“The regime trembles at the sight of a smartphone.”* That quote comes from Portland-based independent journalist and world traveler Michael J. Totten. One might guess that he wrote it about Portland’s city government and its aversion to ridesharing services like Uber that rely on smartphone apps to put riders and drivers together. But he didn’t.
He wrote it about the Cuban government after his visit to Havana last year. He summed up his observations in a lengthy piece he titled “The Last Communist City.” Hopefully, now that President Obama is taking steps to liberalize relations with Cuba, Havana may not be a communist city much longer.
But as we celebrate a new year, Portland still seems mired in the past. City regulators first tried to fine Uber for picking up passengers without official permission in December. Then the Mayor agreed to form a Task Force to revise its antiquated taxi regulations. Uber agreed not to initiate rides within city limits until April 9, by which time the City hopes to figure out how to accommodate the modern app economy.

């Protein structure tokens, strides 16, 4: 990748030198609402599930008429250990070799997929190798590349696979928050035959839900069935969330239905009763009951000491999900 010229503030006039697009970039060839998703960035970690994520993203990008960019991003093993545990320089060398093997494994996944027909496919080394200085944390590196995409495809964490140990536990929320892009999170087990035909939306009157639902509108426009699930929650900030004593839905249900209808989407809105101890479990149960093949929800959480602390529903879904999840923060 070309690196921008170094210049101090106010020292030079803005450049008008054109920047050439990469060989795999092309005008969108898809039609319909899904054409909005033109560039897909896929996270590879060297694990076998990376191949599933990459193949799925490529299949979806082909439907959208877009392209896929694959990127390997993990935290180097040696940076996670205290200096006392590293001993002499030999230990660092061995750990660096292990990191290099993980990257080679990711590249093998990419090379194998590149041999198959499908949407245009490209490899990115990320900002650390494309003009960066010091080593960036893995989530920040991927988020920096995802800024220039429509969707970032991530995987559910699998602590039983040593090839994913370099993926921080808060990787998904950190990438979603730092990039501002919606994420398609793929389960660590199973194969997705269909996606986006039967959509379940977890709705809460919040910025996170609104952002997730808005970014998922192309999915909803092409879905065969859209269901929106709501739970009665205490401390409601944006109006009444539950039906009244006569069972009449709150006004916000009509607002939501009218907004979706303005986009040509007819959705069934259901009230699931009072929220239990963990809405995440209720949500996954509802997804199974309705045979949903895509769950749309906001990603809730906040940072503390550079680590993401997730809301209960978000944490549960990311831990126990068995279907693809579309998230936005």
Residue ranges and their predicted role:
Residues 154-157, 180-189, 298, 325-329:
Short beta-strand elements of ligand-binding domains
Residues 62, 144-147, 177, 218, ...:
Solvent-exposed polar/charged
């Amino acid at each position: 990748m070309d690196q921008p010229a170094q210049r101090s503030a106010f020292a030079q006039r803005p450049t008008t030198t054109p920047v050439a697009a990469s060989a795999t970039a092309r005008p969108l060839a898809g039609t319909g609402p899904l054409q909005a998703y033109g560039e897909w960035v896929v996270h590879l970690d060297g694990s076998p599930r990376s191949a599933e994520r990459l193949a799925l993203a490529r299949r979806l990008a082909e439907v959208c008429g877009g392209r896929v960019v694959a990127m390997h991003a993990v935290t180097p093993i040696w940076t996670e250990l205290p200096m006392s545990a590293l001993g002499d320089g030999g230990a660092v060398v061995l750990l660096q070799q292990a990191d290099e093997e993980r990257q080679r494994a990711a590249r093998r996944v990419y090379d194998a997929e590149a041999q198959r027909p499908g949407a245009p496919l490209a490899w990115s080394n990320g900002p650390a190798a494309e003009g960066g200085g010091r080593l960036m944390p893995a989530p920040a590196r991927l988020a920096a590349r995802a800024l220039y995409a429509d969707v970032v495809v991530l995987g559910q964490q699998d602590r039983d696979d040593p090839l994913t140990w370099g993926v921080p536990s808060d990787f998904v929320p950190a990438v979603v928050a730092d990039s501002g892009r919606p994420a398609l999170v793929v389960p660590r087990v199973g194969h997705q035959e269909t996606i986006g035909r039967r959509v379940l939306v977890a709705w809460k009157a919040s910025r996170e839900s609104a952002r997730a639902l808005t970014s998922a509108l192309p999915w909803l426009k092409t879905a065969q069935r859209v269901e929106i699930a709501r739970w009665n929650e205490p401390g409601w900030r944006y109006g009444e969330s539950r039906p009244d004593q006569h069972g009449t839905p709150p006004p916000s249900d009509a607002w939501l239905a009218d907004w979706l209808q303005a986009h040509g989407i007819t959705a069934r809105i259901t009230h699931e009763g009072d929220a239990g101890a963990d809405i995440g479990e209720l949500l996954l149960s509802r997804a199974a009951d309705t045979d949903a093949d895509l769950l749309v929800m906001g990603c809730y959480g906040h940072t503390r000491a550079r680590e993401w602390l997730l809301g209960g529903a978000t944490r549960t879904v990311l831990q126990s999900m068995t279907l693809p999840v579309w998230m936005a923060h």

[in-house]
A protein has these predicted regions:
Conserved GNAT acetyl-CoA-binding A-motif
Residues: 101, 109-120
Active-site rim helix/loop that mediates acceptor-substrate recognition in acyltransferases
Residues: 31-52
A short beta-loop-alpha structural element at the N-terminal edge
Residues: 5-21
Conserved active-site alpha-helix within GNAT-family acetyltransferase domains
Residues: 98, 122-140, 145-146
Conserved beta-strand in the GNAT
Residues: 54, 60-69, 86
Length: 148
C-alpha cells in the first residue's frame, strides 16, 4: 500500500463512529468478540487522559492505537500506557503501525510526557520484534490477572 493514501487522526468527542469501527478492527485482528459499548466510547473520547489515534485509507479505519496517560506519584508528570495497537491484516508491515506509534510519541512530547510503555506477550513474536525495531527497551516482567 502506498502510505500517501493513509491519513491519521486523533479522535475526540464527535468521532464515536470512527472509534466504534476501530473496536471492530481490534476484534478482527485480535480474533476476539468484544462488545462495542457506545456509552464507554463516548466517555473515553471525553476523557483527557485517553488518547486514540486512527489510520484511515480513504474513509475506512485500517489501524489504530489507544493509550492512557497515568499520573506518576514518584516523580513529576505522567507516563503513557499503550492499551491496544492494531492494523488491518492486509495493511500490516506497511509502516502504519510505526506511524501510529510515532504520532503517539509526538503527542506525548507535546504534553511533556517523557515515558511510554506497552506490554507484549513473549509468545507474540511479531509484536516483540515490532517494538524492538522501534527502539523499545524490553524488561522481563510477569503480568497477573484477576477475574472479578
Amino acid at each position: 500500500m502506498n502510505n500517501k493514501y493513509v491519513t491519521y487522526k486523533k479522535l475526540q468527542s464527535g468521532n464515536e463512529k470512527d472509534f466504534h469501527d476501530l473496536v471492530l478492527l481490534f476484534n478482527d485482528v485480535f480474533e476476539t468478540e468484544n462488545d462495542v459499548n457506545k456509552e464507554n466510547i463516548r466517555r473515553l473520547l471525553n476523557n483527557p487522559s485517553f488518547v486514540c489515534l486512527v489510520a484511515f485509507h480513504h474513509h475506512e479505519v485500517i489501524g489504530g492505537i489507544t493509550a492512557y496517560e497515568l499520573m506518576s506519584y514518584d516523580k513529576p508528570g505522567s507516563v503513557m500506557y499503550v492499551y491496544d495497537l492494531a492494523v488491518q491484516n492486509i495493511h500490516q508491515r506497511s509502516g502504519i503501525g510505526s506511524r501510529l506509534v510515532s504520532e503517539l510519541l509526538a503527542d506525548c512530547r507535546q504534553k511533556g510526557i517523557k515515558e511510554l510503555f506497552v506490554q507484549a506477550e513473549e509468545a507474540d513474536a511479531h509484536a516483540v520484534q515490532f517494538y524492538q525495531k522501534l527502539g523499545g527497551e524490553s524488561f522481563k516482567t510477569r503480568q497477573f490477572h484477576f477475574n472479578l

Still, given how upset Portland officials were when Uber entered the city unannounced, the next question one might ask is:
Which city will welcome Uber and other ridesharing companies to serve their citizens first: Portland, Oregon or Havana, Cuba?
* Letter from Cuba: To Embargo or Not, Michael J. Totten, “World Affairs,” March/April 2014
Steve Buckstein is founder and Senior Policy Analyst at Cascade Policy Institute, Oregon’s free market public policy research organization.